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There's quite a few tiny-form-factor PC's out these days.

In fact, there were zero-form-factor PC's out before iMac & mini arrived on the scene. (The ones with PC built into an extended keyboard, as well as a thick-LCD PC unit.)


Noone else has done it with the style and flair of Apple, but it HAS been done for many years now.
 

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That mounting bracket to hook it to the back of your LCD is a great idea, especially if you can get a short cable to run between them. Like an iMac with more flexibility (er, and Windows...).
 

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Quite right - it has been done for many years!

Small form factor computers are almost as old as mainstream personal computing. I remember things the keyboard units like the Commodore VIC 20 and 64. I had an Amiga 500 at one time, and there were other similar Amiga units like the 600 and 1200. The Amiga 600 was tiny!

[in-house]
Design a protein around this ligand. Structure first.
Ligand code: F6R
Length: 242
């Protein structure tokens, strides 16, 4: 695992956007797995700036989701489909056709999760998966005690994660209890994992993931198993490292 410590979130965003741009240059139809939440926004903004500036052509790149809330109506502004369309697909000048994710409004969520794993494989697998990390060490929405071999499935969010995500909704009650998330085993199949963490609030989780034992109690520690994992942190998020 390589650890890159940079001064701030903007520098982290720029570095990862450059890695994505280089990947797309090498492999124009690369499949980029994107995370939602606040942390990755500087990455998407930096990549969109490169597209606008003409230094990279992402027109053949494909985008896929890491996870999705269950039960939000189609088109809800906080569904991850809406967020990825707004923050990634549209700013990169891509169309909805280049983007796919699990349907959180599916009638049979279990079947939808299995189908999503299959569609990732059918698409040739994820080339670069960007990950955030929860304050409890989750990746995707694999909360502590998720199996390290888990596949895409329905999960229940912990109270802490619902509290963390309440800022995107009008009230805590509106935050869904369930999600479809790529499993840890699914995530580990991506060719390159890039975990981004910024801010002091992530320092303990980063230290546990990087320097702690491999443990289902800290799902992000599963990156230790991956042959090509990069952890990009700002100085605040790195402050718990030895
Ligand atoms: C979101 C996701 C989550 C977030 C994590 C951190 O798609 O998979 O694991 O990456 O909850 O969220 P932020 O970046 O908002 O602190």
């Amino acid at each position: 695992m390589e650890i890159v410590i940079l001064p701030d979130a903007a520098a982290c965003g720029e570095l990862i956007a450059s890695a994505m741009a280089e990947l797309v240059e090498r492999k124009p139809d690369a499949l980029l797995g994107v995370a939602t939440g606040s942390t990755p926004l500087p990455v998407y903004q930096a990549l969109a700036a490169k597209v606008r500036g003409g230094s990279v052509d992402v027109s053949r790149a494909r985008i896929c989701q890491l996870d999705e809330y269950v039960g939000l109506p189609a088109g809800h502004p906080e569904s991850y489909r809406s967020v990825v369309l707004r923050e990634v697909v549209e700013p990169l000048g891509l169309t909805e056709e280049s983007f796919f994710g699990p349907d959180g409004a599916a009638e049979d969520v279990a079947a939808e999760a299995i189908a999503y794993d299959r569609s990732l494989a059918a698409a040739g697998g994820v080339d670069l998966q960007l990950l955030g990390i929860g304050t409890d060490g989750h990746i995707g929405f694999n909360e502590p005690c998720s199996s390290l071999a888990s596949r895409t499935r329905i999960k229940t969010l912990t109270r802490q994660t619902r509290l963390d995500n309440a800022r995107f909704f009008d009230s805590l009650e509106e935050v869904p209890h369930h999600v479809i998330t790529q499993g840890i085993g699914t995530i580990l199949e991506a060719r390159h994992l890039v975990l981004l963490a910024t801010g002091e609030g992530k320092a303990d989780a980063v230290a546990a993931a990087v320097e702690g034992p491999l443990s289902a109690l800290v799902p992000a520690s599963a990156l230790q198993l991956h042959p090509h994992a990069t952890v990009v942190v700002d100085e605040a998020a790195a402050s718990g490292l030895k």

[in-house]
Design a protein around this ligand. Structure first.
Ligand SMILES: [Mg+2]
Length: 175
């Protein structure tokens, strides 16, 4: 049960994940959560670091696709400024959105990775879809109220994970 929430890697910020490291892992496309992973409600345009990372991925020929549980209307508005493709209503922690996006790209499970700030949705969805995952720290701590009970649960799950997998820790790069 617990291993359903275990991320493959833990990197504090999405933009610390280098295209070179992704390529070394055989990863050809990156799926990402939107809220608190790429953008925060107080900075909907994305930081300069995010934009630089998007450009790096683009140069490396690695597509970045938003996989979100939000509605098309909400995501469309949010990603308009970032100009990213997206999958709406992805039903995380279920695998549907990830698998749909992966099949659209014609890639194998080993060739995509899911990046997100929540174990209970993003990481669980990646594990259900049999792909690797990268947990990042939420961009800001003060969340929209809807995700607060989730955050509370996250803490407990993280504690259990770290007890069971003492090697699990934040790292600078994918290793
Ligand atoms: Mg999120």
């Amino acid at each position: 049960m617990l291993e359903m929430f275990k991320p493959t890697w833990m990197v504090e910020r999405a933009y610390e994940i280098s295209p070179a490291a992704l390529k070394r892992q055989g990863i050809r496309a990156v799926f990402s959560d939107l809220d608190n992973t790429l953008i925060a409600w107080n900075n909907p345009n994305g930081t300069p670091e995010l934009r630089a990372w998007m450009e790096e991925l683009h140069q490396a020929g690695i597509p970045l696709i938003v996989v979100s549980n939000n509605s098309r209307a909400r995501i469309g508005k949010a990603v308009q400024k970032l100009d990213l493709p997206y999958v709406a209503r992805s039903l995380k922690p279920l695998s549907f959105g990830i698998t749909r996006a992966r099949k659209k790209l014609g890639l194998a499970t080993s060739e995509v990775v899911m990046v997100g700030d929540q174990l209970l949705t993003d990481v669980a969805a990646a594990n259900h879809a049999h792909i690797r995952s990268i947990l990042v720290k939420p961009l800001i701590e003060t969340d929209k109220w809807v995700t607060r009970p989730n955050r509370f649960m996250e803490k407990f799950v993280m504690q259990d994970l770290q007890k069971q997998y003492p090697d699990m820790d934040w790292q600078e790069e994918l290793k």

One small footprint computer I only ever got to see in person and use once belonged to a friend of my fathers in the late 1990s. This was one of those IBM Aptiva S computers that used a long cable to connect the media unit (CD-ROM drive, 3.5" floppy, speaker, keyboard, mouse, monitor connections) to the main CPU parked in a convenient location some distance away, to free up desk space. I don't think they sold very well. I remember them being marketed, but that was the only one I ever saw.

The thing about Apple is that they bring their industrial design expertise to the problem, which is why their products are more elegant than most others. For example, if they were inclined, they could probably build an attractive keyboard computer based on the Mac Mini internals, and spread the connections across the back of the unit and put the Amiga 1200 to shame and it was a pretty decent looking computer - which is remarkable considering the time it was made and the fact that it was designed by Commodore.

-Rob K.
 
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